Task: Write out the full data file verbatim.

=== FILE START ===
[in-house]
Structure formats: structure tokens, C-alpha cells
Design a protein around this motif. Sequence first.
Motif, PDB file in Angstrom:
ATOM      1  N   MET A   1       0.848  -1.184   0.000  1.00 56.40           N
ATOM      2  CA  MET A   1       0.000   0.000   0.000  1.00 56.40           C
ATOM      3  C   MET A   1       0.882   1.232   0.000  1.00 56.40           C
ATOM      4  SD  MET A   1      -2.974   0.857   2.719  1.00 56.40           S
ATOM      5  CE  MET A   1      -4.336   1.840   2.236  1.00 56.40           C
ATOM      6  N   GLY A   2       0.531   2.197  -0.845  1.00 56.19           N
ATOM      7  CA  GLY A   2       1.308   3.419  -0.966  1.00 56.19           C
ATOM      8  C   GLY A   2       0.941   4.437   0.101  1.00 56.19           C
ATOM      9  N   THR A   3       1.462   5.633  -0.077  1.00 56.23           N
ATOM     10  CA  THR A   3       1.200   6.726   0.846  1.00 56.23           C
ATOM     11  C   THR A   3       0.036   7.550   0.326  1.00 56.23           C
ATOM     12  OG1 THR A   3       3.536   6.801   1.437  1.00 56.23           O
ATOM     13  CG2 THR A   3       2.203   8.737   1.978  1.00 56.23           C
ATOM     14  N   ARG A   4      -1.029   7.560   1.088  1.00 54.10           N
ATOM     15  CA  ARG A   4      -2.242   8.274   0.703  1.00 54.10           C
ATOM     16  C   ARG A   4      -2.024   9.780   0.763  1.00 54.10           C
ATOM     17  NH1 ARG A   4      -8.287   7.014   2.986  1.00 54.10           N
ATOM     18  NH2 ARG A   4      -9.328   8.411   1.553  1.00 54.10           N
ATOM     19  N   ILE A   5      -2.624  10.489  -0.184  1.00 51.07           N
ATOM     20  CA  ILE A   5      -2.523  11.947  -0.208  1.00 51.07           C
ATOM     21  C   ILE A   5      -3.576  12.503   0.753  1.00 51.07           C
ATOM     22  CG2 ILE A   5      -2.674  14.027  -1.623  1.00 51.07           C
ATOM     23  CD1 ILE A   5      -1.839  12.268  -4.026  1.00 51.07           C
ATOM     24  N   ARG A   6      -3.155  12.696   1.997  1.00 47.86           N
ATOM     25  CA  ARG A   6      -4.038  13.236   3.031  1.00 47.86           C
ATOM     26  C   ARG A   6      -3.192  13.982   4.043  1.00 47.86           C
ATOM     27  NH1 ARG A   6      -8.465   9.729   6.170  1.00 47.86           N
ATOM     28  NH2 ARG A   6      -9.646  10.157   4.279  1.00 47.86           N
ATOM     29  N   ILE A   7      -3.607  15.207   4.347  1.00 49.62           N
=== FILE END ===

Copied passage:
[in-house]
Structure formats: structure tokens, C-alpha cells
Design a protein around this motif. Sequence first.
Motif, PDB file in Angstrom:
ATOM      1  N   MET A   1       0.848  -1.184   0.000  1.00 56.40           N
ATOM      2  CA  MET A   1       0.000   0.000   0.000  1.00 56.40           C
ATOM      3  C   MET A   1       0.882   1.232   0.000  1.00 56.40           C
ATOM      4  SD  MET A   1      -2.974   0.857   2.719  1.00 56.40           S
ATOM      5  CE  MET A   1      -4.336   1.840   2.236  1.00 56.40           C
ATOM      6  N   GLY A   2       0.531   2.197  -0.845  1.00 56.19           N
ATOM      7  CA  GLY A   2       1.308   3.419  -0.966  1.00 56.19           C
ATOM      8  C   GLY A   2       0.941   4.437   0.101  1.00 56.19           C
ATOM      9  N   THR A   3       1.462   5.633  -0.077  1.00 56.23           N
ATOM     10  CA  THR A   3       1.200   6.726   0.846  1.00 56.23           C
ATOM     11  C   THR A   3       0.036   7.550   0.326  1.00 56.23           C
ATOM     12  OG1 THR A   3       3.536   6.801   1.437  1.00 56.23           O
ATOM     13  CG2 THR A   3       2.203   8.737   1.978  1.00 56.23           C
ATOM     14  N   ARG A   4      -1.029   7.560   1.088  1.00 54.10           N
ATOM     15  CA  ARG A   4      -2.242   8.274   0.703  1.00 54.10           C
ATOM     16  C   ARG A   4      -2.024   9.780   0.763  1.00 54.10           C
ATOM     17  NH1 ARG A   4      -8.287   7.014   2.986  1.00 54.10           N
ATOM     18  NH2 ARG A   4      -9.328   8.411   1.553  1.00 54.10           N
ATOM     19  N   ILE A   5      -2.624  10.489  -0.184  1.00 51.07           N
ATOM     20  CA  ILE A   5      -2.523  11.947  -0.208  1.00 51.07           C
ATOM     21  C   ILE A   5      -3.576  12.503   0.753  1.00 51.07           C
ATOM     22  CG2 ILE A   5      -2.674  14.027  -1.623  1.00 51.07           C
ATOM     23  CD1 ILE A   5      -1.839  12.268  -4.026  1.00 51.07           C
ATOM     24  N   ARG A   6      -3.155  12.696   1.997  1.00 47.86           N
ATOM     25  CA  ARG A   6      -4.038  13.236   3.031  1.00 47.86           C
ATOM     26  C   ARG A   6      -3.192  13.982   4.043  1.00 47.86           C
ATOM     27  NH1 ARG A   6      -8.465   9.729   6.170  1.00 47.86           N
ATOM     28  NH2 ARG A   6      -9.646  10.157   4.279  1.00 47.86           N
ATOM     29  N   ILE A   7      -3.607  15.207   4.347  1.00 49.62           N